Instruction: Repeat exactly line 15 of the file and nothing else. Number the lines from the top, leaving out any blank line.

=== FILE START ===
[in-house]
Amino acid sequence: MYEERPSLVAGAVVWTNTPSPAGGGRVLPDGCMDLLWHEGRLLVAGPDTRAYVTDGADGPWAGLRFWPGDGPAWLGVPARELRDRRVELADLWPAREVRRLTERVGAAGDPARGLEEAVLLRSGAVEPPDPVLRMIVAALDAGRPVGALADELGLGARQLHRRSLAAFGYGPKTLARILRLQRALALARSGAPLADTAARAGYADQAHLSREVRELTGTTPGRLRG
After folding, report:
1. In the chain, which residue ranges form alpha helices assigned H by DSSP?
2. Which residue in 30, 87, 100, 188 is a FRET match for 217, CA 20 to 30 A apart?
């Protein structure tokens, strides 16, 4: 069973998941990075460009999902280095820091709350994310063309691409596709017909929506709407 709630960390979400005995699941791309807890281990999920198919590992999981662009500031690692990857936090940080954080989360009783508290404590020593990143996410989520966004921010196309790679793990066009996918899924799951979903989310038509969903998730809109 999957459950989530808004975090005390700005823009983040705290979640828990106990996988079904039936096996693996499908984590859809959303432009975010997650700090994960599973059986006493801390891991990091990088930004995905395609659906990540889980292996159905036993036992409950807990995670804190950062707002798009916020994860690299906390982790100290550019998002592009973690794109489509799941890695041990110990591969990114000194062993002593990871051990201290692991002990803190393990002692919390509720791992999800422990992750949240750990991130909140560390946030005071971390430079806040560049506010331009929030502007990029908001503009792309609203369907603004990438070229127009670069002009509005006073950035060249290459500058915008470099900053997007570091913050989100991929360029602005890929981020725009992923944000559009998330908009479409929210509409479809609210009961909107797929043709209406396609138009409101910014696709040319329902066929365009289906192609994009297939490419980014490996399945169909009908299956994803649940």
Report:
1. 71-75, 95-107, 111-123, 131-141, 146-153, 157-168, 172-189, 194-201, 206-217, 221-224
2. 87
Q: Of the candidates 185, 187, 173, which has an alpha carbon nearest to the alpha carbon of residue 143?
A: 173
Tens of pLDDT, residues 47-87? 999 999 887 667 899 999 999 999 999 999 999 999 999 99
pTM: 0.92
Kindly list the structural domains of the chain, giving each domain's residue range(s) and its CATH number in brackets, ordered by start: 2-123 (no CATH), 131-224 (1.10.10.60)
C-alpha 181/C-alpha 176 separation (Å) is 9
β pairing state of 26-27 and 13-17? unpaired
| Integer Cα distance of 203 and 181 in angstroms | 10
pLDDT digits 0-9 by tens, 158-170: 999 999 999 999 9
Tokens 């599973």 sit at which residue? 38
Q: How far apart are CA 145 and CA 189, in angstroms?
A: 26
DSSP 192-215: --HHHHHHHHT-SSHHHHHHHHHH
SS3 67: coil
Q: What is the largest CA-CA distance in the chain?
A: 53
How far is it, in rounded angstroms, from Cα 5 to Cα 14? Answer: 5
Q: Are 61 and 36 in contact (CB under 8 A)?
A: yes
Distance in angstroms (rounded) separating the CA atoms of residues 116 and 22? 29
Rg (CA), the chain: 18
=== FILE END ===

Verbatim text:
C-alpha 181/C-alpha 176 separation (Å) is 9